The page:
Everybody knows gold has been going up, right?
You would think so. However, I had an e-mail from Pat Heller an online writer for our e-newsletter and he mentioned that some dealers were taken unawares by a 10 percent move higher in the price of Mint State gold $20 coins as they were setting up at the Texas Numismatic Association show.
That is the definition of volatility – when even professionals are taken by surprise.
With Europeans rushing into the gold market because the euro has been sinking, it would seem that this becomes a selling point for more American investors to jump in. They bid up the price of Mint State U.S. gold in consequence.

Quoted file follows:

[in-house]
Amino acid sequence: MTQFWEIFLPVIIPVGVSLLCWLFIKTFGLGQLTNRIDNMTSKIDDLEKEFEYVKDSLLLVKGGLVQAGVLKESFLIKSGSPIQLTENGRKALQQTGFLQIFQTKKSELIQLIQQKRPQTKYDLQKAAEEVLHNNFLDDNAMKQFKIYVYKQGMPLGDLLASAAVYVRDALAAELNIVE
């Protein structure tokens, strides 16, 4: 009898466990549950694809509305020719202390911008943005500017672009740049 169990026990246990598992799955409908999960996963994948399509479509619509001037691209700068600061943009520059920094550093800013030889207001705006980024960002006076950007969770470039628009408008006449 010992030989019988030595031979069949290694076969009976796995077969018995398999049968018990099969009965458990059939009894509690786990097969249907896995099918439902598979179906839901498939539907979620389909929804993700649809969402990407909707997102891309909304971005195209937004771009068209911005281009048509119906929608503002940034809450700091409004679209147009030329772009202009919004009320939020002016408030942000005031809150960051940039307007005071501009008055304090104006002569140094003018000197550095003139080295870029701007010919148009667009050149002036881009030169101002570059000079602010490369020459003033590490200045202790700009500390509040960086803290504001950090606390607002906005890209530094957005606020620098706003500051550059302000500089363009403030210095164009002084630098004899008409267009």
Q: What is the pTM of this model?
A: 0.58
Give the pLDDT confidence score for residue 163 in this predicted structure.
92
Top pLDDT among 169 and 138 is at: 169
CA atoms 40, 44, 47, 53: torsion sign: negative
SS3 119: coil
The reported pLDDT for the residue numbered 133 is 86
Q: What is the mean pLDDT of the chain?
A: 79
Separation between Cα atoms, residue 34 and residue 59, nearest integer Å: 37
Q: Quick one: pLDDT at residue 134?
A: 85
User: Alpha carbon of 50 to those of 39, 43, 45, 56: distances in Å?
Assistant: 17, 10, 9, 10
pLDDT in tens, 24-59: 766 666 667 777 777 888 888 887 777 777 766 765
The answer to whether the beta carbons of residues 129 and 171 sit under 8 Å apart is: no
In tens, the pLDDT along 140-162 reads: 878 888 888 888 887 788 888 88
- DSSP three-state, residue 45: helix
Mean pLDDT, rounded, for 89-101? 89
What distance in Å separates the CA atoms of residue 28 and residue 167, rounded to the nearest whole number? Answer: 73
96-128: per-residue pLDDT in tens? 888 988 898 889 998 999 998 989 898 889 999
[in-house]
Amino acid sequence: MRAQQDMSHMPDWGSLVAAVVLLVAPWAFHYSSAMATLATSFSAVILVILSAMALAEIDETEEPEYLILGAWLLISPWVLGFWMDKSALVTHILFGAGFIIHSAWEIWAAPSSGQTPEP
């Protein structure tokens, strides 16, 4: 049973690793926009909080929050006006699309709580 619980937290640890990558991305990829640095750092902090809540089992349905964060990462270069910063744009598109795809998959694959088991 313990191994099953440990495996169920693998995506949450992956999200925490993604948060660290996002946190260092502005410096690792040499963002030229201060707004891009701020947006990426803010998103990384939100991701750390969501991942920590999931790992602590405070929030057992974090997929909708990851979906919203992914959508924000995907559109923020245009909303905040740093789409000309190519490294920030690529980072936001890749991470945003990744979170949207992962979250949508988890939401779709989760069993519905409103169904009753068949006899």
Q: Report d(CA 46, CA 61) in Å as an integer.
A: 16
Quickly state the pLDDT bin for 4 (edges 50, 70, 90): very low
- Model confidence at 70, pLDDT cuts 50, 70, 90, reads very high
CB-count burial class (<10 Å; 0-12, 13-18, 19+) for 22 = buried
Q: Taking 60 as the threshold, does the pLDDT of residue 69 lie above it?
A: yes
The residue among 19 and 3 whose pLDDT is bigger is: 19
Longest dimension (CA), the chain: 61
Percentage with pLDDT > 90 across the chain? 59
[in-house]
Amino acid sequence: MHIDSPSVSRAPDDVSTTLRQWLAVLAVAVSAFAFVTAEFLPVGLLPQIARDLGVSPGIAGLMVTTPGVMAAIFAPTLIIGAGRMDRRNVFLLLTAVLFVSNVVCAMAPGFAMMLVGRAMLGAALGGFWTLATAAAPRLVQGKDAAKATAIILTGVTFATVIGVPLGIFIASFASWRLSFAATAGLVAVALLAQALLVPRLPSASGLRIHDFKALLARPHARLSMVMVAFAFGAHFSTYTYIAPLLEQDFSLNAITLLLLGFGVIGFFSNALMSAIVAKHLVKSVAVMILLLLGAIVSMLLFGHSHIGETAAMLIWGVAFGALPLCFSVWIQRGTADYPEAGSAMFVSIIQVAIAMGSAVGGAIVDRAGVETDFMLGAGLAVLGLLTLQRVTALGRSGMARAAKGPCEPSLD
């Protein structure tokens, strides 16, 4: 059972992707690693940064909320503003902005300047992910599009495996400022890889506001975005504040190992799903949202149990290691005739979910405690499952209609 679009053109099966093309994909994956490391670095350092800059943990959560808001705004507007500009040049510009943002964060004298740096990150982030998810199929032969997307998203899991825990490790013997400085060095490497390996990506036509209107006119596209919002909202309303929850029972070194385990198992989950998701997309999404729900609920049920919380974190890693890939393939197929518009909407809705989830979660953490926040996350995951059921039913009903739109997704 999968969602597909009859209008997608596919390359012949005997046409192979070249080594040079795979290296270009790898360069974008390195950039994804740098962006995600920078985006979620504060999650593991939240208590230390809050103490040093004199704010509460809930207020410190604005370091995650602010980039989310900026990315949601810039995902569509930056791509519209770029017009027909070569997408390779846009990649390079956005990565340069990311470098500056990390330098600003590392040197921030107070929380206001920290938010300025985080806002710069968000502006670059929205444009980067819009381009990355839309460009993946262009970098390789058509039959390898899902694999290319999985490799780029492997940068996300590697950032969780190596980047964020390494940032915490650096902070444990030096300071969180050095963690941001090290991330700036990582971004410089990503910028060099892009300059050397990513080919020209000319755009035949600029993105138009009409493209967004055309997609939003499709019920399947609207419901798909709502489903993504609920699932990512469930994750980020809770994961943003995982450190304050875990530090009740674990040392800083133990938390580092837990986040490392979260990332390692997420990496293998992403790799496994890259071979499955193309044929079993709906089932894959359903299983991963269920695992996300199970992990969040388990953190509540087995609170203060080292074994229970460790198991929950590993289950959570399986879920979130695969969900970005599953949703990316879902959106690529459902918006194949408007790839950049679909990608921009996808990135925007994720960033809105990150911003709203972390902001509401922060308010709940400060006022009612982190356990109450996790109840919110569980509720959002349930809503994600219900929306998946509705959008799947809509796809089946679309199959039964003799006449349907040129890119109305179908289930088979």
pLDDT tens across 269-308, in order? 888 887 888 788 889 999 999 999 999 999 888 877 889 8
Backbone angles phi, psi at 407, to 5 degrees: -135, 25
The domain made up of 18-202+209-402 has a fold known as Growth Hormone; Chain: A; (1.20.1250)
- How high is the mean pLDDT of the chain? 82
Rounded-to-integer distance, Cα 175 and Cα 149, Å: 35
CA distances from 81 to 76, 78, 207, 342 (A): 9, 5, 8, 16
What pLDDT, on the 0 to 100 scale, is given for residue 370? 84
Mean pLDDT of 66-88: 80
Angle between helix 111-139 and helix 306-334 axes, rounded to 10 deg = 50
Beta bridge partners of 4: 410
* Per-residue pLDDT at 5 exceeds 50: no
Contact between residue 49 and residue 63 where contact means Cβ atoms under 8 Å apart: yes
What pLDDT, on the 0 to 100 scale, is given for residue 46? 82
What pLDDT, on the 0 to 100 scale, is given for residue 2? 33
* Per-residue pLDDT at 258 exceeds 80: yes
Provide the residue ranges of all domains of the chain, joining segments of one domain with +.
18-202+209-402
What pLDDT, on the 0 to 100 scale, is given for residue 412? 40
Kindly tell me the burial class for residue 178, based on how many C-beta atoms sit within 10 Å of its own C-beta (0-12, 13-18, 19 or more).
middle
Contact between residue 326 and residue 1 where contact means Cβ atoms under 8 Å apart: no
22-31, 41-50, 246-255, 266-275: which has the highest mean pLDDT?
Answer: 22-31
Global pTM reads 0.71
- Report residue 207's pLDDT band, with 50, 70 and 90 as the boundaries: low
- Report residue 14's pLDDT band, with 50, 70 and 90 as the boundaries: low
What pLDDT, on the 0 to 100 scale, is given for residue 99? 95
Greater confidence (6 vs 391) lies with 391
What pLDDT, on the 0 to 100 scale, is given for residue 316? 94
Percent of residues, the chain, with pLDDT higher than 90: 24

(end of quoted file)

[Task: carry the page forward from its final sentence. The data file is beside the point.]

Is it rational to buy fairly common gold coins and pay high premiums just because they are Mint State?
Rational is probably not the right word. But it does happen a lot.
Buyers pay premiums over bullion value for common coins in strong markets that disappear in weak markets. This has happened time and again.
That’s why it is so necessary to stay on your toes if you want to make moves in this area.
Traders love volatile markets because they can make money on the price swings. Investors who buy at market low points and sell at high points over long periods of time make money, too.
Buyers who stampede into things on an adrenalin rush generated by rapidly rising prices can easily be whipsawed with large losses. The rush turns into buyer’s remorse.
So be a long term investor, or trade day to day, but don’t be an investor who acts only when gold generates a new headline.